Gallery: Presidents and their not so presidential apps

Gallery: Presidents and their not so presidential apps

Summary: From Washington to Obama, David Gewirtz honors some of our favorite U.S. Presidents with some moderately inappropriate iPhone and Android apps.


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  • James Madison can rightly be considered the father of the United States Constitution, perhaps the most important document ever written, and the man who gave Ron Paul a reason to live. He wrote the Federalist Papers, and, as our fourth president, had the sad role of serving as president when the White House was torched by the British in 1814. This is why, every August 24th, we here at ZDNET look at our own resident British blogger, Zack Whittaker, raise our right arm, and yell "Darn you, British!" Okay, actually, we don't. We quite like Zack. But we're still not going to let him near the White House. Just sayin'.

    Now, I could send you many of the burning things apps scattered all through the various app stores, but Madison's important role as father of the Constitution can lead us to only one app, the U.S. Constitution for Android.

  • Monroe was the last founding father to become president. He also governed during what was called "the Era of Good Feelings," a shocking period in American history where there was little partisan strife. He admitted the Missouri territory, and bought Florida in 1821 (for which, as a Florida resident, I don't think I'll ever be able to forgive him). Personally, I can't believe that nobody ever created an iPhone or Android app called Hanging Chad, but maybe that's just me.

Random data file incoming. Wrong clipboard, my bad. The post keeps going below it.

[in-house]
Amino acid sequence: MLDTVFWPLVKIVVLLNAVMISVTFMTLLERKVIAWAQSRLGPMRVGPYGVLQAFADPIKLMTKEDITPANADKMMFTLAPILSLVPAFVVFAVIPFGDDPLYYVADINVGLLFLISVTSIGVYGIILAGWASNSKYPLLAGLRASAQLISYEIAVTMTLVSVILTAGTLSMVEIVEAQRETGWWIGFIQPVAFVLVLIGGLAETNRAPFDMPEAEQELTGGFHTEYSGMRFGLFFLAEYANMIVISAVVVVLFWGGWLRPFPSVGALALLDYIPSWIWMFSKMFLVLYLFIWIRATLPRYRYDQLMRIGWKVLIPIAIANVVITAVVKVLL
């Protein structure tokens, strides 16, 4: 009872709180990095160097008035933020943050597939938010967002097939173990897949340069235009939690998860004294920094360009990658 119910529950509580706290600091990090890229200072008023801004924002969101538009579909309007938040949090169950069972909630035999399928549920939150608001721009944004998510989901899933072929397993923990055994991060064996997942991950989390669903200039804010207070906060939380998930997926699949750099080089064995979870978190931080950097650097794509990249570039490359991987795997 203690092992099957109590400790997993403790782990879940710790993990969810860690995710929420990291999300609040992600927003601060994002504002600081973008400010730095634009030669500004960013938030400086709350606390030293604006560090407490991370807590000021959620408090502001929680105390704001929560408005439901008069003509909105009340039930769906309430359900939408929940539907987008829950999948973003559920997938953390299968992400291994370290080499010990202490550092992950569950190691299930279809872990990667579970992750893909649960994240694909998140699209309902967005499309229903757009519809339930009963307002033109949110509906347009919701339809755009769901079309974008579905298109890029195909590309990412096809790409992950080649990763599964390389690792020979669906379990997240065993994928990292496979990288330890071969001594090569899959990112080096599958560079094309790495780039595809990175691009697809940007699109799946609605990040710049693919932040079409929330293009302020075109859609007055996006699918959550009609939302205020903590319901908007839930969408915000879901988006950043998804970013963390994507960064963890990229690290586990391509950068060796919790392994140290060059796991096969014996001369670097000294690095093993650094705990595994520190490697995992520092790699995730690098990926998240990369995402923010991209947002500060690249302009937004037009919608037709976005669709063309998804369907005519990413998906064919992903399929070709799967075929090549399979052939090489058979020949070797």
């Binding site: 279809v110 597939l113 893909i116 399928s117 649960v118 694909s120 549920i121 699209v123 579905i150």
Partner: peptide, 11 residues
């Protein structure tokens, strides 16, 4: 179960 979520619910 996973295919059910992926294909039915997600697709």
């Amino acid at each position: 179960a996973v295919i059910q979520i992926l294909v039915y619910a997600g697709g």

In any case, in honor of the Era of Good Feelings, we bring you the source of all happiness, Ben & Jerry’s Scoop of Happiness. Just be careful. Happiness can be fattening.

  • John Quincy Adams was the George W. Bush of his time, the first son of a former president. He was an avid reader (John Quincy, that is), knew several languages, but also suffered from depression. Because JQ was instrumental in creating the Smithsonian Institution, we bring you the Smithsonian Mobile app for Android.

Topics: Apps, Android, iPhone, Mobile OS, Security, Smartphones


David Gewirtz, Distinguished Lecturer at CBS Interactive, is an author, U.S. policy advisor, and computer scientist. He is featured in the History Channel special The President's Book of Secrets and is a member of the National Press Club.

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  • RE: Gallery: Presidents and their not so presidential apps

    Did a fine job of avoiding some of the more controversial flamebait with the Bush and Obama recommendations. But I can pretty much guarantee, some people will flame away anyways -_-.
  • RE: Gallery: Presidents and their not so presidential apps

    Did you seriously compare John Quincy Adams with George W Bush. one major difference I have to point out, John Quincy Adams speaks several languages while George Dubbya can barely speak English.
    • RE: Gallery: Presidents and their not so presidential apps

      Like George W. Bush (born July 6), J.Q. Adams was a Cancer (born July 11).

      Probably UNlike George W. Bush, J.Q. was forced by his parents to grow up fast. He was an eye witness to the battle of Lexington at the age of 8 and was a foreign ambassador for the youthful United States while in his youthful 20s.
      sissy sue
  • Cute, now get back to work.

    By the way, I rather like Zack Whittaker's blogs. He most likely knows more about the Constitution than most of us Yanks! (If he ever comes ashore, he deserves a royal tour of the White House)!
  • When I think Kennedy, I think NASA

    While the Cuban Missile Crisis was important in his tenure, when I think of the lasting contributions Kennedy made, I always think of his "We shall go to the Moon" speech which launched the US Space program. Rather than Cuban cooking, I'd offer the NASA App. (Rocket Science? Yes, there's an app for that.)